Uploading PW-Sat2 telemetry with gr-satellites

Yesterday I spoke about decoding the telemetry of PW-Sat2 with gr-satellites. Today I have added to gr-satellites a telemetry submitter block that sends the frames to the PW-Sat2 telemetry server. All users of the PW-Sat2 decoder from gr-satellites are recommended to set this up and submit telemetry to the PW-Sat2 telemetry server, as well as to the SatNOGS database. Here are the instructions to configure the submitter.

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Decoding PW-Sat2 with gr-satellites

PW-Sat2 is a students satellite made by the Students Space Association at Warsaw University of Technology, in Poland. The project started in 2013 and was finally launched last Monday in the SSO-A launch. The satellite carries a sail to aid in deorbiting. This will be deployed on the 39th mission day. The deorbit is expected to happen in one year.

The satellite team has made available a lot of open-source software, such as groundstation software for Radio Amateurs, a telemetry server and even the software that runs on the on-board computer. There is also a good amount of design documentation. This is something a bit unusual and admirable for a university satellite.

PW-Sat2 transmits standard G3RUH-scrambled BPSK AX.25 frames in the 70cm Amateur Satellite band. The baudrate can be selected between 1k2, 2k4, 4k8 and 9k6 by the satellite team. The interesting thing is that there are many types of packets besides telemetry. For instance, it can list and transfer on-board files, such as the images taken by the satellite camera. These packets can be decoded by using the FramePayloadDecoder software.

Since the FramePayloadDecoder software is quite complex and it is written in Python, I have decided to make a telemetry parser for gr-satellites that simply loads this software into GNU Radio and passes the frames to the decoder. Here are the instructions to set this up.

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Decoding 3CAT-1

A few days ago I spoke about my Reaktor Hello World decoder in gr-satellites. Another of the satellites that were launched with Reaktor Hello World in the November 29 PSLV launch is 3CAT-1, a 1U cubesat from the NanoSat Lab in Universidad Politècnica de Catalunya. It is designed as a technology demonstrator of COTS parts, and integrates four scientific payloads.

The communications system of 3CAT-1 uses a Texas Instrument CC1101 FSK transceiver chip, which is very similar to the CC1125 used in Reaktor Hello World. It transmits a 9k6 FSK telemetry beacon in the 70cm Amateur band. An interesting thing about this beacon is that it is powered by a temperature gradient that generates naturally within the satellite. A Peltier module is used to collect energy from the gradient and power the communications module. This is called “eternal self-powered beacon demonstrator” by the designers of the satellite, since it doesn’t depend on batteries or solar cells.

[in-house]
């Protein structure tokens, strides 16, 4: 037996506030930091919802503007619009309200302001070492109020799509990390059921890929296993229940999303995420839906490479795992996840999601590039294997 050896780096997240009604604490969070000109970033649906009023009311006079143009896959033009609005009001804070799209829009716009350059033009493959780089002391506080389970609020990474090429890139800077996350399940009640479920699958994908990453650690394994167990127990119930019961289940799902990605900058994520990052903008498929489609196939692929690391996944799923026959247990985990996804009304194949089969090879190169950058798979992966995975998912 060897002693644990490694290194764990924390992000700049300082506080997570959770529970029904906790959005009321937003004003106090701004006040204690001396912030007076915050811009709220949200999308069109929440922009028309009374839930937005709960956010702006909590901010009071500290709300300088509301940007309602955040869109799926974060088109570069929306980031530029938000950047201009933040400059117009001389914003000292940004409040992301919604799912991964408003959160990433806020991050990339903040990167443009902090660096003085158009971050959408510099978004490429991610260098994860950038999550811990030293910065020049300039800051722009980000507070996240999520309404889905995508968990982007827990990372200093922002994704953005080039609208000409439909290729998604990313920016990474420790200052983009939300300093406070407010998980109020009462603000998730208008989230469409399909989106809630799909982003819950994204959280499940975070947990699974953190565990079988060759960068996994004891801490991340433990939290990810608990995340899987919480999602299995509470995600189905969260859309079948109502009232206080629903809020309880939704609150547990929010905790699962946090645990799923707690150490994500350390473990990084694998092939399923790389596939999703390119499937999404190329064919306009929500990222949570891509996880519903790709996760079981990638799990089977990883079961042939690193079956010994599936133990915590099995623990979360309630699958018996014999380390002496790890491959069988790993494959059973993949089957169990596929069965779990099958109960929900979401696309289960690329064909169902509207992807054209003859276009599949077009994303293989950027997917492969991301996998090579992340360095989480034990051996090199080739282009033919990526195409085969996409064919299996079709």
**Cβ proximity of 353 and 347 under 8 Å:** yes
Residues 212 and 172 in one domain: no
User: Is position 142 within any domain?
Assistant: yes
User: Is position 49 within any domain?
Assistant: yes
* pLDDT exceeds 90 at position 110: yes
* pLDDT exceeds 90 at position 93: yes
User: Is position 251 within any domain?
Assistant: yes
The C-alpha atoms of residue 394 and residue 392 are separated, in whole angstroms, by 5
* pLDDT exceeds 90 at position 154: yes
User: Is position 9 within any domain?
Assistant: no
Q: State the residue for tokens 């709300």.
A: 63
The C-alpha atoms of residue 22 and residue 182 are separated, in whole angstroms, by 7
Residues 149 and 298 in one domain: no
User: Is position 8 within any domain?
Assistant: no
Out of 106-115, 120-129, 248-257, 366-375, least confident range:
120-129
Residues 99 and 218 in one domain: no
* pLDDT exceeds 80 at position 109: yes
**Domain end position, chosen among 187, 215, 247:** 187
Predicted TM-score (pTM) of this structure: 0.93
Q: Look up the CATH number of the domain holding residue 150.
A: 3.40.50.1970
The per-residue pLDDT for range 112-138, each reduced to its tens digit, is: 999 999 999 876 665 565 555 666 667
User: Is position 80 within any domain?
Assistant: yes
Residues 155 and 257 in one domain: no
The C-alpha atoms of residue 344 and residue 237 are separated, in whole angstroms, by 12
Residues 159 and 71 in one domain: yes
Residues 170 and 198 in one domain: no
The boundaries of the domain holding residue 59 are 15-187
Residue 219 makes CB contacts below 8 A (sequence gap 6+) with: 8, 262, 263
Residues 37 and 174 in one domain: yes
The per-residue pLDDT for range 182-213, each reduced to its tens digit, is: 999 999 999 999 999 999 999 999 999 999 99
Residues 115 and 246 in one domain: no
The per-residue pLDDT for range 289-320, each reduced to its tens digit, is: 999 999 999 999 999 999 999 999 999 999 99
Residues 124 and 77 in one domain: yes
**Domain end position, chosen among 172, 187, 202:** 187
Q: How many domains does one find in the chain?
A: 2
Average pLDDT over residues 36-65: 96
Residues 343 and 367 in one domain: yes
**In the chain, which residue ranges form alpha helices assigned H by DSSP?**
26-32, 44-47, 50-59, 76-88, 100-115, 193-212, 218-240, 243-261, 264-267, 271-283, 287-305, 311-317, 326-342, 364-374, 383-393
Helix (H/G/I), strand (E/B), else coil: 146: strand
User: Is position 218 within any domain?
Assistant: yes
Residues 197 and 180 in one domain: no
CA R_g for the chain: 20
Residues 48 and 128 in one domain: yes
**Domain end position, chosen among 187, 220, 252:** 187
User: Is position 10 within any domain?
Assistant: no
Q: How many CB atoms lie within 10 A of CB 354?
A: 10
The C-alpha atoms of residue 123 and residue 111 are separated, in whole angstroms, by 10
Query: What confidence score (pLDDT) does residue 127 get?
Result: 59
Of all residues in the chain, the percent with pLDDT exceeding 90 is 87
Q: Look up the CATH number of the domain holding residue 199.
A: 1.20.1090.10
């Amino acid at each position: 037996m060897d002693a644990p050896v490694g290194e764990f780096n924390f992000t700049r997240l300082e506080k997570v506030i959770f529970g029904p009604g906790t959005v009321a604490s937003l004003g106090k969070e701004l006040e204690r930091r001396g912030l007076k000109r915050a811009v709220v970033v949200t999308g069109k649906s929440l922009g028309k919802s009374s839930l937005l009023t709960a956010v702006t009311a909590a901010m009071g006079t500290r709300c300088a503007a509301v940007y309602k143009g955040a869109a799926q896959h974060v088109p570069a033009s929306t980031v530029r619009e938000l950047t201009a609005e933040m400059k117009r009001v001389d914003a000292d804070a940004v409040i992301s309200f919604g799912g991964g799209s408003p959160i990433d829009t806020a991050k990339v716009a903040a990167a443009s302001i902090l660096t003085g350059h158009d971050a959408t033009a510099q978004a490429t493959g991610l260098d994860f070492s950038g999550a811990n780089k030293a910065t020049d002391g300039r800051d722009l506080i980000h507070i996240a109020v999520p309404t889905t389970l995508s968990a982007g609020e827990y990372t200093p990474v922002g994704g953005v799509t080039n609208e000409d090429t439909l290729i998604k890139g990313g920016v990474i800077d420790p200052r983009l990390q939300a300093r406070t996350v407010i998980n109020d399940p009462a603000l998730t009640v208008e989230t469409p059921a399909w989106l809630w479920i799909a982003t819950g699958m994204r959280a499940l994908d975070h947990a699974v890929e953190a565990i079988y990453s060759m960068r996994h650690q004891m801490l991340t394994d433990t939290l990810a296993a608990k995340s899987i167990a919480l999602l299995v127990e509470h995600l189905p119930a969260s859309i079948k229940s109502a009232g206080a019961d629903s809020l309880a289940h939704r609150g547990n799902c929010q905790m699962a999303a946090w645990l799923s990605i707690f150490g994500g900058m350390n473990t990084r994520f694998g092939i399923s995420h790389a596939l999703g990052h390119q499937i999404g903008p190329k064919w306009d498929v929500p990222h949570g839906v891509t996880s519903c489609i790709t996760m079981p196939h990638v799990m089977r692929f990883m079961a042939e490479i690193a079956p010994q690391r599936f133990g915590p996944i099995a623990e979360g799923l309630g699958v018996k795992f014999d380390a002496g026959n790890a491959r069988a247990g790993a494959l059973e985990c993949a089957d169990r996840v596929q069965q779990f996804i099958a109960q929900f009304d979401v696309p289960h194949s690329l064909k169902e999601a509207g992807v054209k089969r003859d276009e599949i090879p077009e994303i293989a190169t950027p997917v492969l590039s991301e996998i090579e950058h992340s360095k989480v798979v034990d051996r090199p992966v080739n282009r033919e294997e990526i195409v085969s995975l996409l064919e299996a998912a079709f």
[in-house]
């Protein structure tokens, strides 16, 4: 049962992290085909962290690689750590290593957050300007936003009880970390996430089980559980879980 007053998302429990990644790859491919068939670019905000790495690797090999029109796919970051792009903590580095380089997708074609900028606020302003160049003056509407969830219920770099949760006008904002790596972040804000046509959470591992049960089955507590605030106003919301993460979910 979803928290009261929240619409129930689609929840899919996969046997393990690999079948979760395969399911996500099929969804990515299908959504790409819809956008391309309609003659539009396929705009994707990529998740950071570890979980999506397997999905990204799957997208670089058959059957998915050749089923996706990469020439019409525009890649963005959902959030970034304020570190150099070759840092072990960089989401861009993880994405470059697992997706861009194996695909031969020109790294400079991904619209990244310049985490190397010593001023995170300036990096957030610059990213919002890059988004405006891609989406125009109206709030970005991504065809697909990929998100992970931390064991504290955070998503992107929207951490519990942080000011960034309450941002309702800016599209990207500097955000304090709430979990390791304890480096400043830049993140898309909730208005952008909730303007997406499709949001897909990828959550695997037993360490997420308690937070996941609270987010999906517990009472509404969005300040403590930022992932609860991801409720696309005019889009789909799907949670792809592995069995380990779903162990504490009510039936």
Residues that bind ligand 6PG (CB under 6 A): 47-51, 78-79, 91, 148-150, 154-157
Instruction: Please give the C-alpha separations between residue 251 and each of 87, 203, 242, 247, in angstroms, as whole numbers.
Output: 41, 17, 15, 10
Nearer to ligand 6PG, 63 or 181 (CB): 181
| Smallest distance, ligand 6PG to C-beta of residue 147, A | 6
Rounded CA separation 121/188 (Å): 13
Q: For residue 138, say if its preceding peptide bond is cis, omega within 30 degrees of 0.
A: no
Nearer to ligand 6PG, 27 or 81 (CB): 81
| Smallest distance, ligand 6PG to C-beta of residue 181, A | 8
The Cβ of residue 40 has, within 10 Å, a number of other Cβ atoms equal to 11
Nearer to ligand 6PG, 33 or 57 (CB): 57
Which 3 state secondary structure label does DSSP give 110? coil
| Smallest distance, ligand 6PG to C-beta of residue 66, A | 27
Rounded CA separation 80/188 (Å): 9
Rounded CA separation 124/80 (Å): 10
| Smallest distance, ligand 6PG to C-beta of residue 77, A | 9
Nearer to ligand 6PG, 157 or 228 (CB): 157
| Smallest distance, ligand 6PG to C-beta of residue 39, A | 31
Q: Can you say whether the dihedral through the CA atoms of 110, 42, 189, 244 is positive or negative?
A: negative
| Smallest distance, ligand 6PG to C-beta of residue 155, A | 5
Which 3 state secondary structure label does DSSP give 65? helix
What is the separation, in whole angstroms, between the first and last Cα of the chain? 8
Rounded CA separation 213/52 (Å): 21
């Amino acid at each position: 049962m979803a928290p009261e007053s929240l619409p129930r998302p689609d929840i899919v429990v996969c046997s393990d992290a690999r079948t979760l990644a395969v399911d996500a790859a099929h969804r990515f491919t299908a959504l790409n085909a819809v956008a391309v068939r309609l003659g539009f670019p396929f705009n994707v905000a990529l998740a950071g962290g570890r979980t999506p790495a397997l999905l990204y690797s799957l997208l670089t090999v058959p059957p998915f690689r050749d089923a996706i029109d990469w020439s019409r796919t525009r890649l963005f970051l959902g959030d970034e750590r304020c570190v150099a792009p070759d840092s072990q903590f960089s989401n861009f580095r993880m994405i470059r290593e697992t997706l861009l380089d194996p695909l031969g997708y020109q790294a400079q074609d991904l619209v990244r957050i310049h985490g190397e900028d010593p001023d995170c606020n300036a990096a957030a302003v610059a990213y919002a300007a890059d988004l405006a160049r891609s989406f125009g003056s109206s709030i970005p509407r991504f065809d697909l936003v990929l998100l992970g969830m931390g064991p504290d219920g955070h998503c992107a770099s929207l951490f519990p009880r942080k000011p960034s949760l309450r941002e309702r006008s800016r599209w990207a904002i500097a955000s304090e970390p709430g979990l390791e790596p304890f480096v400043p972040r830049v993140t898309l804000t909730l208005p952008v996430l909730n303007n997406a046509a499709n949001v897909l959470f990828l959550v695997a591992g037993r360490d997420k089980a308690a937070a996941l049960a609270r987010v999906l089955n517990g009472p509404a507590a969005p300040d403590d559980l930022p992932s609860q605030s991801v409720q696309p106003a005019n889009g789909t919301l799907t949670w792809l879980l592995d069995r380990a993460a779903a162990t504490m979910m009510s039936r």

I have been in contact with Juan Fran Muñoz from NanoSat Lab, who has been kind enough to send me a telemetry recording for 3CAT-1. With this, and following my implementation of the Reaktor Hello World decoder, I have added a decoder for 3CAT-1 to gr-satellites.

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December DSLWP-B camera planning

It is again the beginning of the month, which means that the Earth will be in view of the Inory eye camera on board DSLWP-B. As usual, I have updated my camera planning notebook to compute the location of the Moon and Earth, as seen from the camera.

Wei has already scheduled observations on 2018-12-06 11:20 UTC and 2018-12-07 08:30 UTC. On each of these observations, an image will be taken at the start of the observation and the UHF transmitter will be activated for 2 hours.

I have used the 20181128 tracking file from dslwp_dev as orbital state for the calculations. As the date of the observations comes nearer, I might rerun the computations with updated ephemeris data, but this time it doesn’t seem critical to estimate the orbit with precision. In November, there were occultations of the Earth behind the lunar disc, and the times for these depended a lot on the orbital state. In December there will be no occultations, however.

The figure below shows the prediction for the camera view in the scheduled observations. On the 6th, the Earth will come close to the edge of the Moon. On the 7th, the Earth will be closest to the camera centre since we started planning and taking images in October.

Decoding Reaktor Hello World

Reaktor Hello World is a 2U cubesat built by the Finnish company Reaktor Space Lab as a test of their cubesat platform and demonstration of the first miniature infrared hyperspectral imager. It was launched on November 29 by a PSLV from Satish Dhawan Space Centre, together with several other cubesats. It transmits 9k6 GFSK telemetry in the 70cm Amateur satellite band.

The satellite uses a Texas Instruments CC1125 FSK transceiver chip. This is very similar to the CC1101 that I used a few years ago in my 70cm Hamnet experiments, so I already knew the coding and features of this chip quite well. The satellite team has a Github repository with a GNU Radio decoder based on the gr-cc11xx decoder block for the CC11xx series of chips. Since gr-cc11xx doesn’t seem to be maintained anymore, I wanted to implement my own CC11xx decoder in gr-satellites and use it to decode Reaktor Hello World.

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